Past Present Future

BOOMDubbo Adnate Pearl Gibbs

Past. Present. Future.

The child of today takes her place in the world because of the vision, passion and advocacy of Aboriginal women like Aunty Pearl Gibbs.

Created by Melbourne-based artist, Adnate, this landmark work pays tribute to a woman who first drew public attention in defence of other Aboriginal people in the 1920s. Pearl Gibbs only stepped away from her activist platform with her death in 1983. She knew and worked with almost every major Aboriginal activist in 20th-century Australia.

“Will my appeal for practical humanity be in vain?” – Pearl Gibbs (quote on the wall)

Gibbs was secretary of the Aborigine Progressive Association (1942), vice president and then secretary of the Dubbo branch of the Australian Aborigines League (1946) and organising secretary of the Council of Aboriginal Rights (1953). She was the first and only female member of the NSW Aborigines Welfare Board (1954-57). In 1956 she founded the Aboriginal Australian Fellowship. Subsequently, she established the first Aboriginal hostel in Dubbo for those requiring hospital treatment. A passionate and fluent public speaker, Gibbs fuelled debate on Aboriginal politics, focusing on women’s issues and full citizen rights.

Dubbo-based artists Dylan Goolagong and Nathan Peckham worked with Adnate on the background and design elements of the work.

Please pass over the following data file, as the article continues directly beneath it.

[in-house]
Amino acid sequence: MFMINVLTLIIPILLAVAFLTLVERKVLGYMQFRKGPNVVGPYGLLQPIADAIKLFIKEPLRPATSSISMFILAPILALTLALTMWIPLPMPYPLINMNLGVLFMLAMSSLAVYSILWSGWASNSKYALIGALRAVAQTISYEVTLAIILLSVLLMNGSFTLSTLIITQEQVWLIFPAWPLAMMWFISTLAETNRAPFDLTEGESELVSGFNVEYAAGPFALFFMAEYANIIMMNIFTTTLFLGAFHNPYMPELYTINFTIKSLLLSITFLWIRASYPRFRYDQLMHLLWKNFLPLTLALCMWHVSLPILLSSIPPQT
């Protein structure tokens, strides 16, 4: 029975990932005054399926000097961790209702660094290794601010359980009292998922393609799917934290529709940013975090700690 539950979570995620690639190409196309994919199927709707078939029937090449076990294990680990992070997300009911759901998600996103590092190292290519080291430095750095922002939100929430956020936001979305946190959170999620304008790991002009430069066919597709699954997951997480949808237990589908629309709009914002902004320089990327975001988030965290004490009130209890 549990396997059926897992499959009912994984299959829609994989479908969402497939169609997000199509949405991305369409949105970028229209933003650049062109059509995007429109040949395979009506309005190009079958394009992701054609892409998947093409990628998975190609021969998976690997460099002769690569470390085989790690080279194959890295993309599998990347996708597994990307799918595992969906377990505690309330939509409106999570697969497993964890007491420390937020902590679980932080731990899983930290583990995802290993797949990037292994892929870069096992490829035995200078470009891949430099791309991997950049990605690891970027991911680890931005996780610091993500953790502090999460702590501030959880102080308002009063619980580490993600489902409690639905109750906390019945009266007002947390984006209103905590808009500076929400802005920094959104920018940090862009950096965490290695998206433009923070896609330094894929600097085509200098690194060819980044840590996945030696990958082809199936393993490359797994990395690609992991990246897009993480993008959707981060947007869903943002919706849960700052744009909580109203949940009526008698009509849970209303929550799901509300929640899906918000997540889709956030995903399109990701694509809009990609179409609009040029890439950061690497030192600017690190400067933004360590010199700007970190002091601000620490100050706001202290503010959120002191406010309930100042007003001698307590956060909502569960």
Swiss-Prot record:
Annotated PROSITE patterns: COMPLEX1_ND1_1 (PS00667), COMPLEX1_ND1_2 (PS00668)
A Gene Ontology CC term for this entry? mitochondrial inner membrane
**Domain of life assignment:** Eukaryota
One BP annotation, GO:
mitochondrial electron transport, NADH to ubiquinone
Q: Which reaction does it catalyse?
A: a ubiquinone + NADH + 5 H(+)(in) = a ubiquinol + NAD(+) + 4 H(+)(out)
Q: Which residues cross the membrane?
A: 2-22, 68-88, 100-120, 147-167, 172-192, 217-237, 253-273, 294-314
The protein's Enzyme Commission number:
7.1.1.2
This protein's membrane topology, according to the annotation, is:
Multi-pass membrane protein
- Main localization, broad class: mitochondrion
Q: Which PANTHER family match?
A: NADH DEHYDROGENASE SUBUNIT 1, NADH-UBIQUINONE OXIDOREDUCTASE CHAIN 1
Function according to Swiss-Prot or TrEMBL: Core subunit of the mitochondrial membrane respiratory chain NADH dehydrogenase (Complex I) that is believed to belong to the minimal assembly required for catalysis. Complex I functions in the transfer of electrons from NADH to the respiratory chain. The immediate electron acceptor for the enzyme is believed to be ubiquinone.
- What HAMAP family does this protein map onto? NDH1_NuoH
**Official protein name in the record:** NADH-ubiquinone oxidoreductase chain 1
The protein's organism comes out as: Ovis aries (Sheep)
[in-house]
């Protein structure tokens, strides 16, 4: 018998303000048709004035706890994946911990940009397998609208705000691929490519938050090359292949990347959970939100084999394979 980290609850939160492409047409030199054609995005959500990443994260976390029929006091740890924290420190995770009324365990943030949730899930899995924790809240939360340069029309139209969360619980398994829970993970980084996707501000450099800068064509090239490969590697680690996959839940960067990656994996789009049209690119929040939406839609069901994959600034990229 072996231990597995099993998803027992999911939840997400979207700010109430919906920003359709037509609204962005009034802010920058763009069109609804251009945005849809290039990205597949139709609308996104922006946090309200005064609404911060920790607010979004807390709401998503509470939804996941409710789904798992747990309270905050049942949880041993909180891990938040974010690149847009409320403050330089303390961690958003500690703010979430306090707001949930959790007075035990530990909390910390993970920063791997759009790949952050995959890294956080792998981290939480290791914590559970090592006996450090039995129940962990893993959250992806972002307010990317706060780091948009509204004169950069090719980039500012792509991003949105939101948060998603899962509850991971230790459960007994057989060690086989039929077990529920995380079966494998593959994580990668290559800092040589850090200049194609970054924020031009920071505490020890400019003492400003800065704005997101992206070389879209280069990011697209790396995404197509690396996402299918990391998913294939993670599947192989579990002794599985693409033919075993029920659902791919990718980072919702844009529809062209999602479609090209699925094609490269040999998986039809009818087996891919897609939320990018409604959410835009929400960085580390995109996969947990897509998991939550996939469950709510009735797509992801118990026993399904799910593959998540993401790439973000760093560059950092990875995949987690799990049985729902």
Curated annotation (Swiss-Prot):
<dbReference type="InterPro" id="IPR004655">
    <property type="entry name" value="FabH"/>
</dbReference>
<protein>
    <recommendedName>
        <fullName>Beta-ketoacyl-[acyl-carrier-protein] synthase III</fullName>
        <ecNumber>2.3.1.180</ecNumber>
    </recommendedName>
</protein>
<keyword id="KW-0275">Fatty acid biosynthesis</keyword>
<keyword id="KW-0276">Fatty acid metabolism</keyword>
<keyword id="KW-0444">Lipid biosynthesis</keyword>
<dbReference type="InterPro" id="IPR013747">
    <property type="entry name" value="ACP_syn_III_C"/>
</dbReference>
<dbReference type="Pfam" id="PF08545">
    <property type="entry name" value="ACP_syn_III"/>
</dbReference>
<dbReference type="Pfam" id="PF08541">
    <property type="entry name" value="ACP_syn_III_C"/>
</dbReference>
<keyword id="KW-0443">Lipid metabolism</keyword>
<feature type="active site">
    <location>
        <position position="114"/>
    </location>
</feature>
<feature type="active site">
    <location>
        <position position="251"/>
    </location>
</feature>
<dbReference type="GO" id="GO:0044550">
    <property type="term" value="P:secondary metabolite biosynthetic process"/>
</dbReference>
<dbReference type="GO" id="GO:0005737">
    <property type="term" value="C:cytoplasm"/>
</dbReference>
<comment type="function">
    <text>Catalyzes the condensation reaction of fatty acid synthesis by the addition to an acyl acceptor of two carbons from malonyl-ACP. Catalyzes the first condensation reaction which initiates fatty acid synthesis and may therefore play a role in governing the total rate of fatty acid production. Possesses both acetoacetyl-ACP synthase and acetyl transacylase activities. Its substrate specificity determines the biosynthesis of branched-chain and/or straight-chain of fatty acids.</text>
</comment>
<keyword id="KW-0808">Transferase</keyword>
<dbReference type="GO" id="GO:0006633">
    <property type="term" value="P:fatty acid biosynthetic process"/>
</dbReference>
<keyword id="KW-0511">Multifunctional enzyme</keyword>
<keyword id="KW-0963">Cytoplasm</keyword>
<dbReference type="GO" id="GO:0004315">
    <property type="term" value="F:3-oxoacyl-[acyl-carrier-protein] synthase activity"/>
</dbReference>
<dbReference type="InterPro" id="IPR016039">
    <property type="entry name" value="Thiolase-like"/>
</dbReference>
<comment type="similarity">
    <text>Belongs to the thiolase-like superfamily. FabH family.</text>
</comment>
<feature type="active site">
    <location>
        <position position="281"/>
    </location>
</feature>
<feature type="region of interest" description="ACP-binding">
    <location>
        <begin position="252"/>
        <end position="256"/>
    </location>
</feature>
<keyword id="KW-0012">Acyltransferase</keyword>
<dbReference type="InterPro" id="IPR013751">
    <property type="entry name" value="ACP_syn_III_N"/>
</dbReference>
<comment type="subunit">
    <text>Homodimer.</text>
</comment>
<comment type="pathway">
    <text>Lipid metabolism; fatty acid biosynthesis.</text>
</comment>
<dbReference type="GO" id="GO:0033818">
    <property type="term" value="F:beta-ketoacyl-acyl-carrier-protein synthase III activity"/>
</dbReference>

Commissioned through a BOOMDubbo partnership with Dubbo Regional Council’s Ignite program. Thanks to the Dubbo Aboriginal Working Party for their advice and research.

FIND OUT MORE ABOUT THE ARTIST, ADNATE

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Urban Trees

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URBAN TREES were created by Cardigan Threads Collective as the meeting place sculptures for the ROAR Music Festival site in Dubbo on 9 April 2016.

The three sculptures have the distinctive design style of the artist who constructed them using alupanel on steel frames; a change from his usual medium of recycled cardboard.

Urban Trees were gifted to the Western Plains Cultural Centre following the ROAR Music Festival, where they can be now seen outside the Community Arts Centre.

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Commissioned by ROAR Music Festival

FIND OUT MORE ABOUT THE ARTIST, CARDIGAN THREADS COLLECTIVE.

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BOOMDubbo Container

 

IMG_6472THE BOOMDUBBO CONTAINER was created by El Studio as the site office for the ROAR Music Festival. The container is available for community use by contacting BOOMDubbo.

Two distinct designs were developed for the artwork: the selfie-taking astronaut and the luchador (Mexican wrestler).

The astronaut was inspired by my son’s love of space and stars…The luchador is homage to my Canadian in-laws who love Mexico too much.

El Timelapse BoomDubbo container from El Studio on Vimeo.

Commissioned by Roar Festival Incorporated

FIND OUT MORE ABOUT THE ARTIST, EL STUDIO and his OTHER WORK.

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199 Macquarie Street